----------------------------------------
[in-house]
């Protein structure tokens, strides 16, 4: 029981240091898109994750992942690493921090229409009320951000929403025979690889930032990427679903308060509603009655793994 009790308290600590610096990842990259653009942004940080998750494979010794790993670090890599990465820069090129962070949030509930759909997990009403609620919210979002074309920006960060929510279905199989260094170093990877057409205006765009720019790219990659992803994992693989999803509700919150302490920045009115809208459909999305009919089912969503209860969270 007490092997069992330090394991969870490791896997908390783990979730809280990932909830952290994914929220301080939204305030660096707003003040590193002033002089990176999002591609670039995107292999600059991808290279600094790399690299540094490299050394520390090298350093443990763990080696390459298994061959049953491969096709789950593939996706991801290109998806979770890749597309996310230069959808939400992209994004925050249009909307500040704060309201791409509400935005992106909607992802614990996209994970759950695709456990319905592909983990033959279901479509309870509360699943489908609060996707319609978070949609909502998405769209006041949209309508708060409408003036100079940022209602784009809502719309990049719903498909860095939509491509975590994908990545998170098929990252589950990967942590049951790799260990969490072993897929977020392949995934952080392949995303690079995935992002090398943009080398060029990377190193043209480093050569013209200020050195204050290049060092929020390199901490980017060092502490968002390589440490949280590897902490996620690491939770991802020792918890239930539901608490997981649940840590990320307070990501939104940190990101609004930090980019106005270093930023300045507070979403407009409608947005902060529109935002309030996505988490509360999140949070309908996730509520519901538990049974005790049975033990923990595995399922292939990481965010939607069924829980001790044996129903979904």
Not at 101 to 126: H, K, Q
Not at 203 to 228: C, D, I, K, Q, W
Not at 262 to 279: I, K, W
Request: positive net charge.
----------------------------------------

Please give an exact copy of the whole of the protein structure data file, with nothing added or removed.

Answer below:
[in-house]
């Protein structure tokens, strides 16, 4: 029981240091898109994750992942690493921090229409009320951000929403025979690889930032990427679903308060509603009655793994 009790308290600590610096990842990259653009942004940080998750494979010794790993670090890599990465820069090129962070949030509930759909997990009403609620919210979002074309920006960060929510279905199989260094170093990877057409205006765009720019790219990659992803994992693989999803509700919150302490920045009115809208459909999305009919089912969503209860969270 007490092997069992330090394991969870490791896997908390783990979730809280990932909830952290994914929220301080939204305030660096707003003040590193002033002089990176999002591609670039995107292999600059991808290279600094790399690299540094490299050394520390090298350093443990763990080696390459298994061959049953491969096709789950593939996706991801290109998806979770890749597309996310230069959808939400992209994004925050249009909307500040704060309201791409509400935005992106909607992802614990996209994970759950695709456990319905592909983990033959279901479509309870509360699943489908609060996707319609978070949609909502998405769209006041949209309508708060409408003036100079940022209602784009809502719309990049719903498909860095939509491509975590994908990545998170098929990252589950990967942590049951790799260990969490072993897929977020392949995934952080392949995303690079995935992002090398943009080398060029990377190193043209480093050569013209200020050195204050290049060092929020390199901490980017060092502490968002390589440490949280590897902490996620690491939770991802020792918890239930539901608490997981649940840590990320307070990501939104940190990101609004930090980019106005270093930023300045507070979403407009409608947005902060529109935002309030996505988490509360999140949070309908996730509520519901538990049974005790049975033990923990595995399922292939990481965010939607069924829980001790044996129903979904």
Not at 101 to 126: H, K, Q
Not at 203 to 228: C, D, I, K, Q, W
Not at 262 to 279: I, K, W
Request: positive net charge.